A significant challenge facing the child welfare system is the recruitment and retention of a stable and qualified workforce. Several studies have identified individual and organizational factors impacting workforce turnover. The current study expands upon previous research by utilizing a mixed methods design to examine the relationship between workers’ perceptions of respect in the workplace and their intention to leave. Thematic analysis of the qualitative data revealed that workers perceive a lack of respect in five domains including organizational support, fair salary and benefits, fair promotion potential, adequate communication and contingent rewards. Based on the qualitative findings, researchers designed the Respect Scale, a quantitative scale measuring the concept perceived respect. Results from the logistic regression found that workers who score lower on the Respect Scale were significantly more likely to intend to leave their current job. Research and practice implications are discussed.
Source: Ronald Miller, Labor Law Journal, Vol. 58 no. 3, Fall 2007
It’s been thirty years since the U.S. Supreme Court decided Abood v. Detroit Board of Education, holding that requiring nonunion members of a bargaining unit in the public sector to provide financial support for the collective bargaining activities of a union in the form of agency fee payments did not violate the nonmembers’ First Amendment rights. However, three recent decisions, including one by the Supreme Court, make it clear that implementing an agency fee program that meets constitutional muster is still a troubling issue in a number of respects.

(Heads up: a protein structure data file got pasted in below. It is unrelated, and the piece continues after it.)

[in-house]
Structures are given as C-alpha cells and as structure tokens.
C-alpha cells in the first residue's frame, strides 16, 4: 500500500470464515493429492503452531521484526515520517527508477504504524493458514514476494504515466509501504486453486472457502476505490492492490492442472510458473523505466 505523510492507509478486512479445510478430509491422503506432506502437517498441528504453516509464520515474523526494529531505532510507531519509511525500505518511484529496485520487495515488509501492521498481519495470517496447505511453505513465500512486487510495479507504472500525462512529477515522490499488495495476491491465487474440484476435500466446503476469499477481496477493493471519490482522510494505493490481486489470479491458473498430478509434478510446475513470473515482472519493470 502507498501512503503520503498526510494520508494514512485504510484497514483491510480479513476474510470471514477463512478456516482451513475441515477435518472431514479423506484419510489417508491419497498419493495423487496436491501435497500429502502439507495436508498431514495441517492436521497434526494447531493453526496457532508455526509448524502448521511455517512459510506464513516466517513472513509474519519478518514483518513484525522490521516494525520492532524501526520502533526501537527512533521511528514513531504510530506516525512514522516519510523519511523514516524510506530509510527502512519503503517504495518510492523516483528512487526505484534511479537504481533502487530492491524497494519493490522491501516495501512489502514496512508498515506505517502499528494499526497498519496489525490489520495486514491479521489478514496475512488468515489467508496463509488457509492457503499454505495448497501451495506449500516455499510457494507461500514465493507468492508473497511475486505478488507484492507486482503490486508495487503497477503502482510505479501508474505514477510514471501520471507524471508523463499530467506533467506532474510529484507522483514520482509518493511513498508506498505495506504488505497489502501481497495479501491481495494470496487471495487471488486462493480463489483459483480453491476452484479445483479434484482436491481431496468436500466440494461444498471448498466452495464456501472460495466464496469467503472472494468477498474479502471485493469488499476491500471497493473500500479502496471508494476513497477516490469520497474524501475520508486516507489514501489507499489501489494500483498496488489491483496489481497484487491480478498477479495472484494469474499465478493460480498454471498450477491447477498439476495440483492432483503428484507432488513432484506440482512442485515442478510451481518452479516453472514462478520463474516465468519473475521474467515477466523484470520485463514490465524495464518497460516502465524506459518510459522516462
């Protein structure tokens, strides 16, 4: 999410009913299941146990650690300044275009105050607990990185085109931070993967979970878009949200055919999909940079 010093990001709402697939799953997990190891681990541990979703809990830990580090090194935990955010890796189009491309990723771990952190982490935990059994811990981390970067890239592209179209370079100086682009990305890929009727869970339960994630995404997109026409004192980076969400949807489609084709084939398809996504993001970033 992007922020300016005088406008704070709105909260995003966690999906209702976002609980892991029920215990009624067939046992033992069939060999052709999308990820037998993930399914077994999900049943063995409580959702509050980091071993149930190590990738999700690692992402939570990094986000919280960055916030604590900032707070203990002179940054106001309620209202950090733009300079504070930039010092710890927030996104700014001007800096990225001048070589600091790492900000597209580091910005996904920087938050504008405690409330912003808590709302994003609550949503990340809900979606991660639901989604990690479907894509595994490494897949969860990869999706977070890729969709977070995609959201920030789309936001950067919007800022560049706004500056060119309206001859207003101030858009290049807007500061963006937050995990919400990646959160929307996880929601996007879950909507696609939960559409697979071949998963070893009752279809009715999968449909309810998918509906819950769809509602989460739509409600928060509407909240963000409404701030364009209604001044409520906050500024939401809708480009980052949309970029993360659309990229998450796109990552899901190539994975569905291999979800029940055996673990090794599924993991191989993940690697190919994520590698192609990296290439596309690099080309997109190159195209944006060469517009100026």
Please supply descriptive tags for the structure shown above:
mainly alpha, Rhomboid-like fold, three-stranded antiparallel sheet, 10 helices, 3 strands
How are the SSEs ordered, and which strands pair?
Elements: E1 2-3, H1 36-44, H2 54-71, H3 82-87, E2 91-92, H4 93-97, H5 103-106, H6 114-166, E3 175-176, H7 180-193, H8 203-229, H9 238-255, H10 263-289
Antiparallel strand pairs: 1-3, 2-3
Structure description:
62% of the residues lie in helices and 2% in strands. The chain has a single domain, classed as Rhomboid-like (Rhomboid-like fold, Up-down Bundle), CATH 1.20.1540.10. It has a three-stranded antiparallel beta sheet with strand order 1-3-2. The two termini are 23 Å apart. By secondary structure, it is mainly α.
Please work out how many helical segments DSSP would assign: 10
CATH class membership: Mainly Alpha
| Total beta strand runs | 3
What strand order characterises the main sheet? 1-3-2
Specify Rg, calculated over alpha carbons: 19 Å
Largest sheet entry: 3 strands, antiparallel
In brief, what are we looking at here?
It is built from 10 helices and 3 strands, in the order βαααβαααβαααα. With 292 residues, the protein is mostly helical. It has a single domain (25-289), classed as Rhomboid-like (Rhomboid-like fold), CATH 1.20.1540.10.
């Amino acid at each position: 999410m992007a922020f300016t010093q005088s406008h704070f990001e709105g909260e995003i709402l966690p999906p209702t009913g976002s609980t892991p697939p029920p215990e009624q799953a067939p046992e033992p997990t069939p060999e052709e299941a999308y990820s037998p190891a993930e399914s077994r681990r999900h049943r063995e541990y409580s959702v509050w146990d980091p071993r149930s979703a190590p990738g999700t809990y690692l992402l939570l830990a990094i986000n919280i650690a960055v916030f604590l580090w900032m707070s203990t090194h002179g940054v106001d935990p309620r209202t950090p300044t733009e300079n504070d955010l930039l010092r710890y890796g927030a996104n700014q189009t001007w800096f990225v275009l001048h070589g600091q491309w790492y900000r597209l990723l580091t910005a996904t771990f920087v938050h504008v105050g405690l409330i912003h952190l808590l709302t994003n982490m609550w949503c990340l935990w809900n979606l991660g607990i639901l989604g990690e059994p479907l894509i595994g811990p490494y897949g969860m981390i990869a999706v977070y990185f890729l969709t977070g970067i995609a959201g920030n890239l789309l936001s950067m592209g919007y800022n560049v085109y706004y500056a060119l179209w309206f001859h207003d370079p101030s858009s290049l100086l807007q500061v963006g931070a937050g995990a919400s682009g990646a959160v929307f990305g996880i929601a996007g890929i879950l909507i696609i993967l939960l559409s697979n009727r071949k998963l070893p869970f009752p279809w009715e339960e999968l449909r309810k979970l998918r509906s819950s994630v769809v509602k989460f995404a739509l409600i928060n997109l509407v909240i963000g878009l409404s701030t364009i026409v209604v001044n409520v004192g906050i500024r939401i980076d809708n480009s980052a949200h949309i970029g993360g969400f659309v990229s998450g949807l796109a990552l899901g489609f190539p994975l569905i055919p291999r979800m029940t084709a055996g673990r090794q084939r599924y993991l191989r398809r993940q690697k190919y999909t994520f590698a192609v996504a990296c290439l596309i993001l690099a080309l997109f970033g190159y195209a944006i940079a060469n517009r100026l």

Source: Raymond Hogler Labor Law Journal, Vol. 58 no. 3, Fall 2007
Conditions for collective bargaining in the United States are poor and deteriorating. A large body of labor law scholarship documents the weakness of legal protections and processes designed to promote unionism in this country. Professor Morris’s theory about minority union bargaining is offered as a means of strengthening unions in a hostile environment. This article argues that the strategy is a risky one because it invites a resurgence of company unions, which threatened to overwhelm the modern American labor movement at its inception in the 1930s. A better option would be for labor to attack the root source of its contemporary decline. The three pillars of collective bargaining as envisioned by Wagner are independent unions, exclusive representation, and organizational security. The malignancy of right to work laws has destroyed one of those pillars. Morris’s vision of going back to the future would eliminate the other two.
Source: Phillip Longman, Washington Monthly, Vol. 39 no. 10, October 2007